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Butch Jamie
Directed by Michelle Ehlen
Produced by Michelle Ehlen
Leah Williamson
Written by Michelle Ehlen
Starring Michelle Ehlen
Olivia Nix
Tiffany Anne Carrin
David Au
Andrea Andrei
Music by Harold Squire
Cinematography Matt Workman
Editing by Michelle Ehlen
Studio Ballet Diesel Films
Distributed by Here! TV
Release date(s) North America:
July 12, 2007
Running time 84 minutes
Country United States
Language English

Butch Jamie is a gender-bending comedy film that premiered in July 2007 at Outfest: the Los Angeles Gay and Lesbian Film Festival. Writer, director, and lead actress Michelle Ehlen won Outfest's Grand Jury Award for "Outstanding Actress in a Feature Film."[1] The film was produced independently through the filmmaker's production company, Ballet Diesel Films.[2]



The film follows the story Jamie, a struggling butch lesbian actress who gets cast as a man in a film. The main plot is a romantic comedy between Jamie's male alter-ego, "Male Jamie," and Jill, a heterosexual woman on set. The film's subplots include Jamie's bisexual roommate Lola and her cat actor Howard, Lola's abrasive butch German girlfriend Andi, and Jamie's gay Asian friend David.[1][3]

Comedic elements

Butch Jamie utilizes deadpan humor through slapstick, irony, and satire. The film incorporates elements of slapstick physical comedy along with the irony of Jamie entering into a "heterosexual" relationship with an unknowing woman. As a satire, the film pokes fun at gender roles, social assumptions, stereotypes, and the politics of relationships.[4][5 ][6]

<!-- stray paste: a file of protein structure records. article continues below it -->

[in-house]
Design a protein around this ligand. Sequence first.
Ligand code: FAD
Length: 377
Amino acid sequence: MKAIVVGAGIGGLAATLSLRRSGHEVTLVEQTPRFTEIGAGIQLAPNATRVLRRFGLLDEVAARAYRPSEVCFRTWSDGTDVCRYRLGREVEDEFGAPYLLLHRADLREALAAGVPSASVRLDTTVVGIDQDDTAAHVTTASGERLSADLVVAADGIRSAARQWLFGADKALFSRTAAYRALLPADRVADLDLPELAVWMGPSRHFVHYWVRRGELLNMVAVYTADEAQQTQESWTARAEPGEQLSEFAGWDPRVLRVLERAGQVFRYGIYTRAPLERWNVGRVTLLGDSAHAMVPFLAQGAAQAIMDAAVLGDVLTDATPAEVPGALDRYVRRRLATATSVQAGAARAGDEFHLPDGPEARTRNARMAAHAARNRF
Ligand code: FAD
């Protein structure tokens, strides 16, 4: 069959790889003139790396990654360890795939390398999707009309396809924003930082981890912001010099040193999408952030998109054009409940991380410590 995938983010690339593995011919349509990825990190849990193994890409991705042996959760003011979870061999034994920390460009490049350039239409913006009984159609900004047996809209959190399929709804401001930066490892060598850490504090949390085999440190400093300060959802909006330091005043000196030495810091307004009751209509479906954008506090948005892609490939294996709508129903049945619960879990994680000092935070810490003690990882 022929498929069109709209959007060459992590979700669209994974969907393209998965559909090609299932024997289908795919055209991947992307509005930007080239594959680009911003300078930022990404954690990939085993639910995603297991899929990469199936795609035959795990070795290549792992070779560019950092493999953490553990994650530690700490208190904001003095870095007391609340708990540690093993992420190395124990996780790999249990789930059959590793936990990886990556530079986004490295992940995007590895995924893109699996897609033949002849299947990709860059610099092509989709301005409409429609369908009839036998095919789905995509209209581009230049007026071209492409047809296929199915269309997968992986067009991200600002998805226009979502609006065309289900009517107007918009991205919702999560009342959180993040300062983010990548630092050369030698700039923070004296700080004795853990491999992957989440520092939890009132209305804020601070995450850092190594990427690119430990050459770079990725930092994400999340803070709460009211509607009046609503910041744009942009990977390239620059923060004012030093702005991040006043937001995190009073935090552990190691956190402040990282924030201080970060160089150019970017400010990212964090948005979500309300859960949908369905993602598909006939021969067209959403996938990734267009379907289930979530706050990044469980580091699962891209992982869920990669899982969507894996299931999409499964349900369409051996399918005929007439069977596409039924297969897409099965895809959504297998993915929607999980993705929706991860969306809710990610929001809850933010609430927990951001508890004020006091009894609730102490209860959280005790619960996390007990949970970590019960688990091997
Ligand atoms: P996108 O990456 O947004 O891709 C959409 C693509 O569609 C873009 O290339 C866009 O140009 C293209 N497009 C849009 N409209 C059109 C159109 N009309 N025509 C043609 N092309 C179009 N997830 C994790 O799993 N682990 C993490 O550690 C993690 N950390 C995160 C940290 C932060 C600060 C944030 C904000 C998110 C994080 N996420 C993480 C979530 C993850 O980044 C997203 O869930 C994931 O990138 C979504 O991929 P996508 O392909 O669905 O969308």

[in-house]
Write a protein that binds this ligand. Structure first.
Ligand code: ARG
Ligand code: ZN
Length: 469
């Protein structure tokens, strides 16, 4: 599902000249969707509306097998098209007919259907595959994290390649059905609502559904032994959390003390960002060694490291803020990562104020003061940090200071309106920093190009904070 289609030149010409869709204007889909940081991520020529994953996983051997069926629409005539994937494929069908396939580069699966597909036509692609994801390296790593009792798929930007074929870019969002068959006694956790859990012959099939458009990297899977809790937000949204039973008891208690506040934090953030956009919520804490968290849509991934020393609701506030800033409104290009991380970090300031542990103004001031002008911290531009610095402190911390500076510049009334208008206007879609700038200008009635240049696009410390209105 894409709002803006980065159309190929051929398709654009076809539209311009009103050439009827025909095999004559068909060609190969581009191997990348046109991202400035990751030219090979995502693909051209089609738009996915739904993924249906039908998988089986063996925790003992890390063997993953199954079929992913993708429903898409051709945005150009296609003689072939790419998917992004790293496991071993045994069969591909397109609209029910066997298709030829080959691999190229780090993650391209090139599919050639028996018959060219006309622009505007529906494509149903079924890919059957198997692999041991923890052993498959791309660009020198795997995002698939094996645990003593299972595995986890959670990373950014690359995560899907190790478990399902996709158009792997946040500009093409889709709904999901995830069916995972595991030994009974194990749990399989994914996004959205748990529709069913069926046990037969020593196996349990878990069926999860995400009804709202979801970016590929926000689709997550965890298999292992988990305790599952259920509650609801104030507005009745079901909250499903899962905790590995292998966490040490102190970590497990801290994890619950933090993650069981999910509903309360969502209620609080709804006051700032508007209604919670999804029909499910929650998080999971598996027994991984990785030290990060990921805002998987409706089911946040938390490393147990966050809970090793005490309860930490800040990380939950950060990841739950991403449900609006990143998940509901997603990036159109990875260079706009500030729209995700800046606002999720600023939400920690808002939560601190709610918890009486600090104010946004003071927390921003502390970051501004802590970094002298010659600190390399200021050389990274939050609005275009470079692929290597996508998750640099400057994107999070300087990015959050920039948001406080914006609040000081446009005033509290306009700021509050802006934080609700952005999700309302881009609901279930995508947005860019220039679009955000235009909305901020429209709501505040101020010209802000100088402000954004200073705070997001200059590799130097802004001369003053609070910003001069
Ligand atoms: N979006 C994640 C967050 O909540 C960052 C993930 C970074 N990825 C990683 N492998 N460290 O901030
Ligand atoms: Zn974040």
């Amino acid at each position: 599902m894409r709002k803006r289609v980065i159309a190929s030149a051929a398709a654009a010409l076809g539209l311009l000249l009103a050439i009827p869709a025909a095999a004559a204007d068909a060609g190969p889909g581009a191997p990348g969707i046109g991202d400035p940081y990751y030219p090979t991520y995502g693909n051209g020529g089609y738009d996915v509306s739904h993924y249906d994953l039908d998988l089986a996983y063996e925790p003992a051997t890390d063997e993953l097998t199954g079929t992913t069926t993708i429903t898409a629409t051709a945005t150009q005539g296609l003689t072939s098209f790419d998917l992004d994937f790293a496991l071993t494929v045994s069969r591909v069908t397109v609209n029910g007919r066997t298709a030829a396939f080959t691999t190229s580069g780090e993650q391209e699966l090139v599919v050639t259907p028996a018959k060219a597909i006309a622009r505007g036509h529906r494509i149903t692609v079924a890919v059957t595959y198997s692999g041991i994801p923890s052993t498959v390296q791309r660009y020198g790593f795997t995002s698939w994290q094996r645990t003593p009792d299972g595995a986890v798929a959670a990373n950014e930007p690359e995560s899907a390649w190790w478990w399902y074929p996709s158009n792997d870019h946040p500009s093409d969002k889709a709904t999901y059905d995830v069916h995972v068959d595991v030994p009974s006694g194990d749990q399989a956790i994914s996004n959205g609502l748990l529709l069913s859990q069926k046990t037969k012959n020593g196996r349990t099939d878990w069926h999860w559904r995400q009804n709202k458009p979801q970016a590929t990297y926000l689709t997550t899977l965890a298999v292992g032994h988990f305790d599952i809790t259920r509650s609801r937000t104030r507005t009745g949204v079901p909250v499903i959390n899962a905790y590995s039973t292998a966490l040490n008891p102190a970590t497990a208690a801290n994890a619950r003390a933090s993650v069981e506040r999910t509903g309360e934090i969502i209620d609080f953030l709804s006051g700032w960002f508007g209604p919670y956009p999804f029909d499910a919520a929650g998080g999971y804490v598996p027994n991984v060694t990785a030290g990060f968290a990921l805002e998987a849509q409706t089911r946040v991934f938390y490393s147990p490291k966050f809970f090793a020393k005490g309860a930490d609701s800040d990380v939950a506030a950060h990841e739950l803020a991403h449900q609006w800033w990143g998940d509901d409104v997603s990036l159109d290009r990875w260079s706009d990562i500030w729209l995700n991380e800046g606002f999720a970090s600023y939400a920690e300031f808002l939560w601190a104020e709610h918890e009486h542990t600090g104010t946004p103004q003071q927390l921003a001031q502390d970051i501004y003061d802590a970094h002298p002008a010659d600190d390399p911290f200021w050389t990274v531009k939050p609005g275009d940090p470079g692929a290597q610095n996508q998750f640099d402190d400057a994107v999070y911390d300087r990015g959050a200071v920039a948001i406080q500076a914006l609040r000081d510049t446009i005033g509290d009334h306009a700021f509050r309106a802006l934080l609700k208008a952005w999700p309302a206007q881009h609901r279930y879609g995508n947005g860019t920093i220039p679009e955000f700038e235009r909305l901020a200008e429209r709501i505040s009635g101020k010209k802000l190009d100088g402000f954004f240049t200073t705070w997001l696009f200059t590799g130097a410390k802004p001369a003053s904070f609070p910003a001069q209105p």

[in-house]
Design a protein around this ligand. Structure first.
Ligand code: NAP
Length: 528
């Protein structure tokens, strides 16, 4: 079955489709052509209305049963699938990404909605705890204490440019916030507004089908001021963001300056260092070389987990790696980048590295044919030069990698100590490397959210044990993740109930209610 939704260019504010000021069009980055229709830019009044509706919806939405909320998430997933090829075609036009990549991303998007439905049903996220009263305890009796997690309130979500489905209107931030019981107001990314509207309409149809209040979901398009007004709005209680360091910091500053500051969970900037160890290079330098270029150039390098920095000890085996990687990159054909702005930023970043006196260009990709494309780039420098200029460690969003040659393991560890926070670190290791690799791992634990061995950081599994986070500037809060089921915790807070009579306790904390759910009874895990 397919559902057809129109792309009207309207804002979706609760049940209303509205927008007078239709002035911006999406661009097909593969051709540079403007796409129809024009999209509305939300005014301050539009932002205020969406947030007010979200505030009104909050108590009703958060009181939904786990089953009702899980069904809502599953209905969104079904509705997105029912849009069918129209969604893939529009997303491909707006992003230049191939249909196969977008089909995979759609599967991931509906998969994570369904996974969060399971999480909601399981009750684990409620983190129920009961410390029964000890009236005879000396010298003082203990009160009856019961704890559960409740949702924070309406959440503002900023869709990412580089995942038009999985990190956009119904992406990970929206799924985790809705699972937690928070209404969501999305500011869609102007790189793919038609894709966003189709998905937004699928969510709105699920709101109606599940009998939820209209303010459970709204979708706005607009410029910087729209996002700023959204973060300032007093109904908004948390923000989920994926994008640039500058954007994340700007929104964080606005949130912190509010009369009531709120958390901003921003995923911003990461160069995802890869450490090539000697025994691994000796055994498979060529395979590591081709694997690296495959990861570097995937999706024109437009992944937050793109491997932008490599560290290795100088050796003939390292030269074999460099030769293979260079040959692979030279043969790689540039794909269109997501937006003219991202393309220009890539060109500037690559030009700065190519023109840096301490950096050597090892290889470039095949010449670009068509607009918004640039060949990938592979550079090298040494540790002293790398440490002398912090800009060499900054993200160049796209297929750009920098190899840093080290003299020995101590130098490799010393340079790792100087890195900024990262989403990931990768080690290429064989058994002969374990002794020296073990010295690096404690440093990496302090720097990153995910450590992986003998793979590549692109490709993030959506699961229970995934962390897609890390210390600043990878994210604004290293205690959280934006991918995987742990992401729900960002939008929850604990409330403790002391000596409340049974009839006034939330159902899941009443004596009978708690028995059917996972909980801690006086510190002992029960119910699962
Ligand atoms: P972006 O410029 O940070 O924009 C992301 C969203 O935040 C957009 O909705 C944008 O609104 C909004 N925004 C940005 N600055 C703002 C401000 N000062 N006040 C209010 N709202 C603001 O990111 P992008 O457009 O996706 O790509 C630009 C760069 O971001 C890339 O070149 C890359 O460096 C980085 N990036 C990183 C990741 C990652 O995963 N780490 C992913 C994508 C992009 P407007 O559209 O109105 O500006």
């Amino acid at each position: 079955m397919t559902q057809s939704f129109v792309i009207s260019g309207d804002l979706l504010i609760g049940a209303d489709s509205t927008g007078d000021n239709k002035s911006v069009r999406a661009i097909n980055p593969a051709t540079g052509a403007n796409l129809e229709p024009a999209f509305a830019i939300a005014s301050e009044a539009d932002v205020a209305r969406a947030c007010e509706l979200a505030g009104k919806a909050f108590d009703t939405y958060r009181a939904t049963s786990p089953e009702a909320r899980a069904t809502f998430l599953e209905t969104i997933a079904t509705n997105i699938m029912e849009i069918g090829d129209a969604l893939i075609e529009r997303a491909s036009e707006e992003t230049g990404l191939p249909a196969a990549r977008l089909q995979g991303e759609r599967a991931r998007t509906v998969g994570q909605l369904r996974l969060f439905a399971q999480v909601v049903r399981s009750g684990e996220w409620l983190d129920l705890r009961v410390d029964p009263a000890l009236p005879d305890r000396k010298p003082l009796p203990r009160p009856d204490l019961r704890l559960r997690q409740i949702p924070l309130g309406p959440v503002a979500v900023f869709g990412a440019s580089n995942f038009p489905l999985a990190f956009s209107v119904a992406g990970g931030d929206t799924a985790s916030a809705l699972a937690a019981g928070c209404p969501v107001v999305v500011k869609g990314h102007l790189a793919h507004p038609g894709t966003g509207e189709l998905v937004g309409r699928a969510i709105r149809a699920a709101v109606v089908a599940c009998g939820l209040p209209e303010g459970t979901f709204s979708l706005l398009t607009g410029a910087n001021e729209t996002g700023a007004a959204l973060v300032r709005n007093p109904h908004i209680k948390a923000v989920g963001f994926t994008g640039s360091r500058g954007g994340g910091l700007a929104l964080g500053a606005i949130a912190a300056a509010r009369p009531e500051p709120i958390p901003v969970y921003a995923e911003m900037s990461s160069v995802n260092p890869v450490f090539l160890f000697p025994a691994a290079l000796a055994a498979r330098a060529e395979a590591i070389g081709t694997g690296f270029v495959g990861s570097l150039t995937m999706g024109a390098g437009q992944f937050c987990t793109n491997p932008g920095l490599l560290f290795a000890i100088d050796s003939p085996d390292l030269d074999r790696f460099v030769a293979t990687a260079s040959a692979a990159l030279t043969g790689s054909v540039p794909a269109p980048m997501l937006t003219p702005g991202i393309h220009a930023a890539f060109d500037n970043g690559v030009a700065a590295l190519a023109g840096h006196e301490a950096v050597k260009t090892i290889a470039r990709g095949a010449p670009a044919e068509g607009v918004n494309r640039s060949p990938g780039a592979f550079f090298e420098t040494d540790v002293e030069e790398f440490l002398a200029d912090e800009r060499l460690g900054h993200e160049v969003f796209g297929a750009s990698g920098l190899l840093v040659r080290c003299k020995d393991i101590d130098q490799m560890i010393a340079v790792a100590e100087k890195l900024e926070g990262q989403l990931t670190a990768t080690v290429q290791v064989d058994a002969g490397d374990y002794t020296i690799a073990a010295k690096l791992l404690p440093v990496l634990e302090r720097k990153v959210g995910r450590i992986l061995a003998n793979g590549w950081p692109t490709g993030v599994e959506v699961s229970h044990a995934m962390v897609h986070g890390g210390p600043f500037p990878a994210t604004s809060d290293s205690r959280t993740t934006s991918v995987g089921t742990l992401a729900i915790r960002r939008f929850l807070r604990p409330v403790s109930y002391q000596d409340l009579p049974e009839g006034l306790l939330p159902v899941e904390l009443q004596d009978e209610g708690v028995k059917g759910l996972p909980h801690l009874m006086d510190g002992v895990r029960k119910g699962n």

In addition to gender roles and stereotypes, the film also satirizes the movie industry.[5 ] This is reflected not only through Jamie's adventures, but also through Howard, the cat actor who Jamie has projected her competitive drive onto.[4] Howard's owner, Lola, takes the cat's career very seriously, complete with professional head shots and a demo reel.

Representation of butch women onscreen

While it's common to see comedies where men pose as women, female to male comedies are much less prominent. While the film is said to be a lesbian version of Tootsie,[5 ][7][8] the fact that it highlights a butch actress marks it as unique. Jamie's stereotypical butch masculinity, sarcasm, and cockiness are rarely seen in such prominence in female actors on-screen. Unlike Dustin Hoffman in Tootsie, Jamie's career problems are not the result of a character flaw, but from a flaw in the way women are chosen to be represented.


Writer/director/actor Michelle Ehlen is developing a sequel called Heterosexual Jill. While Butch Jamie is a satire on gender, Ehlen proposes to have the sequel be a satire on sexuality.[6][9]


External links

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